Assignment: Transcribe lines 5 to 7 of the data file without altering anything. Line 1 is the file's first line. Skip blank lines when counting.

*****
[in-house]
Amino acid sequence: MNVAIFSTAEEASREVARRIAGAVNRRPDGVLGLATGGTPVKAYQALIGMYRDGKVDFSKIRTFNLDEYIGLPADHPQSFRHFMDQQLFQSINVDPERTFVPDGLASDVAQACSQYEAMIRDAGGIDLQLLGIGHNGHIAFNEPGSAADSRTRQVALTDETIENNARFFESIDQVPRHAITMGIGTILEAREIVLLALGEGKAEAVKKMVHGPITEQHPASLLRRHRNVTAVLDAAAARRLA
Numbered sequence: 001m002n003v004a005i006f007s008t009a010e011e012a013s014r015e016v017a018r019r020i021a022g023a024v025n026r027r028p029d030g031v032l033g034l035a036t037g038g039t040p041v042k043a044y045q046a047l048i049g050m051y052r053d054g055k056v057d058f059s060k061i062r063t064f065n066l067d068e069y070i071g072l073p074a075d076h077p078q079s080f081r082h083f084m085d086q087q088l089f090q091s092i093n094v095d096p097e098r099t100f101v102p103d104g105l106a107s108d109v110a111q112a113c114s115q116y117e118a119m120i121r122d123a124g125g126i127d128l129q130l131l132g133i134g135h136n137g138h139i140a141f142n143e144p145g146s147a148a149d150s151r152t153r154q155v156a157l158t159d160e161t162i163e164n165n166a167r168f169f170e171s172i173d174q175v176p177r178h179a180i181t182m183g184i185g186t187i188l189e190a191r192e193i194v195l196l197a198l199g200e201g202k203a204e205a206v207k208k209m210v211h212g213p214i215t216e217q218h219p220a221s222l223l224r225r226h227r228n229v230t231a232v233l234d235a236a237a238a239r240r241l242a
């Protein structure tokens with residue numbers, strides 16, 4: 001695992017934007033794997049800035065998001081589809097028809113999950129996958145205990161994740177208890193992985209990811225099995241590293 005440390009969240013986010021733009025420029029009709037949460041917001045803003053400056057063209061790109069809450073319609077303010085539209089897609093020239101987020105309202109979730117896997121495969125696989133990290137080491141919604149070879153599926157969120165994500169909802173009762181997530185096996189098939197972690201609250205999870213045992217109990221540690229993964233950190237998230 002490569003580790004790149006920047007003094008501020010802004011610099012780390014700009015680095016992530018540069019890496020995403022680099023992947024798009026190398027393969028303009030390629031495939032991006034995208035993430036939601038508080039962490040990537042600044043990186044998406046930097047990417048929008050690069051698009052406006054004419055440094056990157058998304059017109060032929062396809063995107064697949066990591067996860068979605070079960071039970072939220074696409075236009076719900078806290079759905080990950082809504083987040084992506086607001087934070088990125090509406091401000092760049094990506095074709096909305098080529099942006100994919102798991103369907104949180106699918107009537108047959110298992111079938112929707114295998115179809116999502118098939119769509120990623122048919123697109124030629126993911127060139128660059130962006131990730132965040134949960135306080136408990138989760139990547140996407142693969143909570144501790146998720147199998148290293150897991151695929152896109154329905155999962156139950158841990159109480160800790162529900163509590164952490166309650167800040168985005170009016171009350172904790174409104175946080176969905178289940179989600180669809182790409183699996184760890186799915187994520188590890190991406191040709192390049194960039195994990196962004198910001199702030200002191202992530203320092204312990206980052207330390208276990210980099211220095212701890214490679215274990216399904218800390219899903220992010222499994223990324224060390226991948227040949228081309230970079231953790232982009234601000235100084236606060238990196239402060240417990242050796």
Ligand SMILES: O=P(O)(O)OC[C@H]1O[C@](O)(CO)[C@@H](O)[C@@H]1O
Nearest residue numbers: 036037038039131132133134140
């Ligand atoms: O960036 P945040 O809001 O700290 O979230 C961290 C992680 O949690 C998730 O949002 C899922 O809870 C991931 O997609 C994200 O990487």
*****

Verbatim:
Ligand SMILES: O=P(O)(O)OC[C@H]1O[C@](O)(CO)[C@@H](O)[C@@H]1O
Nearest residue numbers: 036037038039131132133134140
């Ligand atoms: O960036 P945040 O809001 O700290 O979230 C961290 C992680 O949690 C998730 O949002 C899922 O809870 C991931 O997609 C994200 O990487």